Just And Unjust

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The Rev. Ralph Abernathy, right, and Bishop Julian Smith, left, flank Dr. Martin Luther King, Jr., during a civil rights march in Memphis, Tenn., March 28, 1968. (AP Photo/Jack Thornell)

Shadrach, Meshach, and Abednego replied, “O Nebuchadnezzar, we do not need to defend ourselves before you. If we are thrown into the blazing furnace, the God whom we serve is able to save us. He will rescue us from your power, Your Majesty. But even if he doesn’t, we want to make it clear to you, Your Majesty, that we will never serve your gods or worship the gold statue you have set up.”
— Daniel 3:16-18

Dorothy and I sat on a wooden pew in the historic Ebenezer Baptist Church in Atlanta, GA, and listened to a recording of one of Dr. Martin Luther King Jr.’s stirring sermons, followed by his iconic, “I Have A Dream” speech that was punctuated by the words that will always be remembered, “Free at last, free at last, I thank God I’m free at last!”

In the spring of 1963, Dr. King was arrested for leading a series of massive nonviolent protests against the segregated lunch counters and discriminatory hiring practices rampant in Birmingham, Alabama. While in jail, King received a letter from eight Alabama ministers. They agreed with King’s goals but thought that he should call off the demonstrations and obey the law.

King disagreed, and his famous Letter from Birmingham Jail explains why: “One may well ask: How can you advocate breaking some laws and obeying others? The answer lies in the fact that there are two kinds of laws: just and unjust . . . One has not only a legal but a moral responsibility to obey just laws. Conversely, one has a moral responsibility to disobey unjust laws.” Then King quoted Augustine: “An unjust law is no law at all.”

How does one determine whether a law is just or unjust? “A just law,” King wrote, “squares with the moral law or the law of God. An unjust law . . . is out of harmony with moral law.” Then King quoted Thomas Aquinas: “An unjust law is a human law that is not rooted in eternal law and natural law.”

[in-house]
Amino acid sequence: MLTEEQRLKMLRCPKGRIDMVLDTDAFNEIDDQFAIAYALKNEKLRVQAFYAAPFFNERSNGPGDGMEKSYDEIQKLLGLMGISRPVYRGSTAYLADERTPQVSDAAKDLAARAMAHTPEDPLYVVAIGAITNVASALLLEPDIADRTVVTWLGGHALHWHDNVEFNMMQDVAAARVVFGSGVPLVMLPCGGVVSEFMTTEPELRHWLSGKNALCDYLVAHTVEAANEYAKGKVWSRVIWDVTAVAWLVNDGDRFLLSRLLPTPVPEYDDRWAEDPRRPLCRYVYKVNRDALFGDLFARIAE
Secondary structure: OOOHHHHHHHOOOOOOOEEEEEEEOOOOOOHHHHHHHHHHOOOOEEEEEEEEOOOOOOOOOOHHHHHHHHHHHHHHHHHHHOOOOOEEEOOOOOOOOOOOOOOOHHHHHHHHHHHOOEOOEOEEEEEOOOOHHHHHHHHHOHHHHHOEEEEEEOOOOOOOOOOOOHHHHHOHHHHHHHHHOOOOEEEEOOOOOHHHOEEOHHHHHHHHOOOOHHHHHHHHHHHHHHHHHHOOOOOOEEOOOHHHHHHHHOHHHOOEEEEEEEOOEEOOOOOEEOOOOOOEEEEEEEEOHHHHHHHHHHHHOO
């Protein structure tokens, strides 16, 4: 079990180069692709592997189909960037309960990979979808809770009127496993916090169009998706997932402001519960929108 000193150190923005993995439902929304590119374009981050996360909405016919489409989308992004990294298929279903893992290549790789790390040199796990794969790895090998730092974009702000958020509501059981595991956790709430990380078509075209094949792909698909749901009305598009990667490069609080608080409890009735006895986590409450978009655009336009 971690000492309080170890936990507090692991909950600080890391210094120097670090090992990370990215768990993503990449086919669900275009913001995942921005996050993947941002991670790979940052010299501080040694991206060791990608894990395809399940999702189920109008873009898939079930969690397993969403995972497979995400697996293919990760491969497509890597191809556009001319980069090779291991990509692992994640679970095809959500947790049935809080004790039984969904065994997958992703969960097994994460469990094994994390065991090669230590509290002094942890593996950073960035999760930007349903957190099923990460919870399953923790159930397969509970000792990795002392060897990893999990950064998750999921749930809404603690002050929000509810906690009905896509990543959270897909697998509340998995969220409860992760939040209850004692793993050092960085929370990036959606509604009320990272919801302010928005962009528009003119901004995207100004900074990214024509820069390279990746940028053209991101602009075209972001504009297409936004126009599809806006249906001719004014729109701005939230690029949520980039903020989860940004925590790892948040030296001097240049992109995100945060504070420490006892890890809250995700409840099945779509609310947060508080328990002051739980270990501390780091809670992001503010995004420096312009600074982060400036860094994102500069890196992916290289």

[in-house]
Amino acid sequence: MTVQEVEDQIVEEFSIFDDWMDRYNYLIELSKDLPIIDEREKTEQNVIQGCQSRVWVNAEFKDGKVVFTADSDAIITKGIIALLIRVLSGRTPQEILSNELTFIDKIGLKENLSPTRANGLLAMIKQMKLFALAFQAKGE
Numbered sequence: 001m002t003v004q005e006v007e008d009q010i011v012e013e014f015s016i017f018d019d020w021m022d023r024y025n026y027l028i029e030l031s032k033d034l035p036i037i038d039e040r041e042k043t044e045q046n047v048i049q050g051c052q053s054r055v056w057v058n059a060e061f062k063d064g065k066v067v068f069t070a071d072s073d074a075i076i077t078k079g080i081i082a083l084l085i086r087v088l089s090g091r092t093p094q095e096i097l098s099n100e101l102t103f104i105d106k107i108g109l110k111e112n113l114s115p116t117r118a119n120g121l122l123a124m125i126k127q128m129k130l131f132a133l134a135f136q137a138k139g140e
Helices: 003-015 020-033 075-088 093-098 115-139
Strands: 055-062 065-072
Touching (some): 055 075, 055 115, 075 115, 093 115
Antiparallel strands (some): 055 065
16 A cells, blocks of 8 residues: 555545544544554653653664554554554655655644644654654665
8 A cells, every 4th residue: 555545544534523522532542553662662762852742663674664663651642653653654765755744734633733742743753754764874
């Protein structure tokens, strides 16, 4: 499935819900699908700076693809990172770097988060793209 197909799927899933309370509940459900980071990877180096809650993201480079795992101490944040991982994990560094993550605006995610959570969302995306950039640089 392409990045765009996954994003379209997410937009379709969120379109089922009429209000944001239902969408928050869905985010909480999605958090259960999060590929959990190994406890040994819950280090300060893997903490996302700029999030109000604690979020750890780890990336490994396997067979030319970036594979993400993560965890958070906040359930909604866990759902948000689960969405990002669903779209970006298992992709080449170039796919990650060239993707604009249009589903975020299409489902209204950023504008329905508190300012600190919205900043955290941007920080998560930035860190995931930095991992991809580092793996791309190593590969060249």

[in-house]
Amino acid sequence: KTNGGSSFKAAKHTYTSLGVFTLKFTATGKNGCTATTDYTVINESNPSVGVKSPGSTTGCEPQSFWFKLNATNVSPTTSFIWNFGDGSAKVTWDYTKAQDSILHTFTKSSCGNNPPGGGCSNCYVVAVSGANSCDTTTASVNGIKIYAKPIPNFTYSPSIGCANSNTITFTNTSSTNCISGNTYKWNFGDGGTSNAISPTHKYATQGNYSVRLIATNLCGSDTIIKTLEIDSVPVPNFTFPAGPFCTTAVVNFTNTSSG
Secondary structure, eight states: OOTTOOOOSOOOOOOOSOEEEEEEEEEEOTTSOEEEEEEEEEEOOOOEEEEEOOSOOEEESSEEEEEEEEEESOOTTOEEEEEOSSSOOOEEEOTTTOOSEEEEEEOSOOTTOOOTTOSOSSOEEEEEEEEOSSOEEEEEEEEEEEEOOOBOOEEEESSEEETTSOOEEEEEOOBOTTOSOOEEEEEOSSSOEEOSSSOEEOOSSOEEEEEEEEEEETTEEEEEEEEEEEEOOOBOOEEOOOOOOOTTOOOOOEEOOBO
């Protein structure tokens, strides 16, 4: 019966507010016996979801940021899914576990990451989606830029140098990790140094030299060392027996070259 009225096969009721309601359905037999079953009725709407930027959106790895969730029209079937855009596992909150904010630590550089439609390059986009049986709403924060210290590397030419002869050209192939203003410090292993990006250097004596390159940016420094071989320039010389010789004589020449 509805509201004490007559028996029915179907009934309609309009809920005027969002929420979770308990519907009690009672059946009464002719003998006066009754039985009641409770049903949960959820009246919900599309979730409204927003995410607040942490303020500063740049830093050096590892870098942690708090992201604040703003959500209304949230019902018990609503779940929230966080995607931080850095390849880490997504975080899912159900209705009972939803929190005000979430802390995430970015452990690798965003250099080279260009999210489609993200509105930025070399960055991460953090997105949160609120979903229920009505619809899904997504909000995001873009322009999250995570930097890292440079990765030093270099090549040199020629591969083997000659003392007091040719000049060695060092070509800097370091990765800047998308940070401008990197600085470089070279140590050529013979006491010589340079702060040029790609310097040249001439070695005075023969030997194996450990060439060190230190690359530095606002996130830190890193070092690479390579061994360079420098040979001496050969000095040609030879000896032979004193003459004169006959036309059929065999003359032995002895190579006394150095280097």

King stood squarely in the middle of a long Christian tradition, and more than (five) decades after his death, Christians are still influenced by his legacy. For example, those who engage in civil disobedience at abortion clinics believe that a law permitting the murder of 60 million unborn children is unjust—and therefore not a valid law at all. Thus we have the right—even the duty—to protest abortion. As we celebrate King’s birthday, it is well to remind ourselves of his great contributions, not just to the advancement of civil rights, but to the defense of a Christian view of the law. His writings are especially timely in an era when judges constantly exceed their authority—making the law for themselves, threatening the right of self-government, holding themselves accountable to no one.

The story of Shadrach, Meshach, and Abednego reminds us that we must stand firm against all attempts to force us to do anything that would violate the laws of God. And we must join efforts to restrain out-of-control judges whose goal is to enforce not merely toleration of evil but everyone’s participation in it.

All but the preface of this article was taken from, “How Now Shall We Live? Devotional” by Charles Colson with Anne Morse (January 15)

To help us walk closer with God and to know Him better

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